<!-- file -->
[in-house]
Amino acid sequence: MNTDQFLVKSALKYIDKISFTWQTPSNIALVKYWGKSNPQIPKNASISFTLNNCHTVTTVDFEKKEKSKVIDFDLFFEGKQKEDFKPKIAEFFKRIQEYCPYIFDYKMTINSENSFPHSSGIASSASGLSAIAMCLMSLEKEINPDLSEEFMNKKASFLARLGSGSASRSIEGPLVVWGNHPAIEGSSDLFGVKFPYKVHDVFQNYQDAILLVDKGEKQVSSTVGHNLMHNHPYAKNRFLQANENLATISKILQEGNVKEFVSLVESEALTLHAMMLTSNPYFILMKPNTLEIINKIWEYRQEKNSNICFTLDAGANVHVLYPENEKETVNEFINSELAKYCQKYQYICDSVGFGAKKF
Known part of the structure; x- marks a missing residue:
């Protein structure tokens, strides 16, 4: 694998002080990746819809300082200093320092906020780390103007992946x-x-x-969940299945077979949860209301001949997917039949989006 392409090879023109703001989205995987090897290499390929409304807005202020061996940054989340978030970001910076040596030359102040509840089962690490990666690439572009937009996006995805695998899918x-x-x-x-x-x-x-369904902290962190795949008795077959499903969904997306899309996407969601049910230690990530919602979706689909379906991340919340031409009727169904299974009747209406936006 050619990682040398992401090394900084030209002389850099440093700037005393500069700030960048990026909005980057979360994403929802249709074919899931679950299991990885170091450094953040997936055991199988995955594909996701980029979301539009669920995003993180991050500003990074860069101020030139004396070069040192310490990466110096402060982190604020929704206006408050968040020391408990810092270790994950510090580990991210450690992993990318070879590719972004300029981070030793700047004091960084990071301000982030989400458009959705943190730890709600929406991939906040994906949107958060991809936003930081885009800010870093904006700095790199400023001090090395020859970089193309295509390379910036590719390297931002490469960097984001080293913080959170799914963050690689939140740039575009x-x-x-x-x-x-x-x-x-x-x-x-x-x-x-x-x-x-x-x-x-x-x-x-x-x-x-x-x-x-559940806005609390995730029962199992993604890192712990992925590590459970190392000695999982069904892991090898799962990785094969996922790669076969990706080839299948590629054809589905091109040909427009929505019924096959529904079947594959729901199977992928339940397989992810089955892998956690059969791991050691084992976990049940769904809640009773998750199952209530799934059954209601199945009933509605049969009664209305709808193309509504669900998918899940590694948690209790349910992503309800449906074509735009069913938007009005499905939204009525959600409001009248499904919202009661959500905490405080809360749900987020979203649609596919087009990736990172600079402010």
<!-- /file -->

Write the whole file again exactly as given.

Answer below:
[in-house]
Amino acid sequence: MNTDQFLVKSALKYIDKISFTWQTPSNIALVKYWGKSNPQIPKNASISFTLNNCHTVTTVDFEKKEKSKVIDFDLFFEGKQKEDFKPKIAEFFKRIQEYCPYIFDYKMTINSENSFPHSSGIASSASGLSAIAMCLMSLEKEINPDLSEEFMNKKASFLARLGSGSASRSIEGPLVVWGNHPAIEGSSDLFGVKFPYKVHDVFQNYQDAILLVDKGEKQVSSTVGHNLMHNHPYAKNRFLQANENLATISKILQEGNVKEFVSLVESEALTLHAMMLTSNPYFILMKPNTLEIINKIWEYRQEKNSNICFTLDAGANVHVLYPENEKETVNEFINSELAKYCQKYQYICDSVGFGAKKF
Known part of the structure; x- marks a missing residue:
């Protein structure tokens, strides 16, 4: 694998002080990746819809300082200093320092906020780390103007992946x-x-x-969940299945077979949860209301001949997917039949989006 392409090879023109703001989205995987090897290499390929409304807005202020061996940054989340978030970001910076040596030359102040509840089962690490990666690439572009937009996006995805695998899918x-x-x-x-x-x-x-369904902290962190795949008795077959499903969904997306899309996407969601049910230690990530919602979706689909379906991340919340031409009727169904299974009747209406936006 050619990682040398992401090394900084030209002389850099440093700037005393500069700030960048990026909005980057979360994403929802249709074919899931679950299991990885170091450094953040997936055991199988995955594909996701980029979301539009669920995003993180991050500003990074860069101020030139004396070069040192310490990466110096402060982190604020929704206006408050968040020391408990810092270790994950510090580990991210450690992993990318070879590719972004300029981070030793700047004091960084990071301000982030989400458009959705943190730890709600929406991939906040994906949107958060991809936003930081885009800010870093904006700095790199400023001090090395020859970089193309295509390379910036590719390297931002490469960097984001080293913080959170799914963050690689939140740039575009x-x-x-x-x-x-x-x-x-x-x-x-x-x-x-x-x-x-x-x-x-x-x-x-x-x-x-x-x-x-559940806005609390995730029962199992993604890192712990992925590590459970190392000695999982069904892991090898799962990785094969996922790669076969990706080839299948590629054809589905091109040909427009929505019924096959529904079947594959729901199977992928339940397989992810089955892998956690059969791991050691084992976990049940769904809640009773998750199952209530799934059954209601199945009933509605049969009664209305709808193309509504669900998918899940590694948690209790349910992503309800449906074509735009069913938007009005499905939204009525959600409001009248499904919202009661959500905490405080809360749900987020979203649609596919087009990736990172600079402010």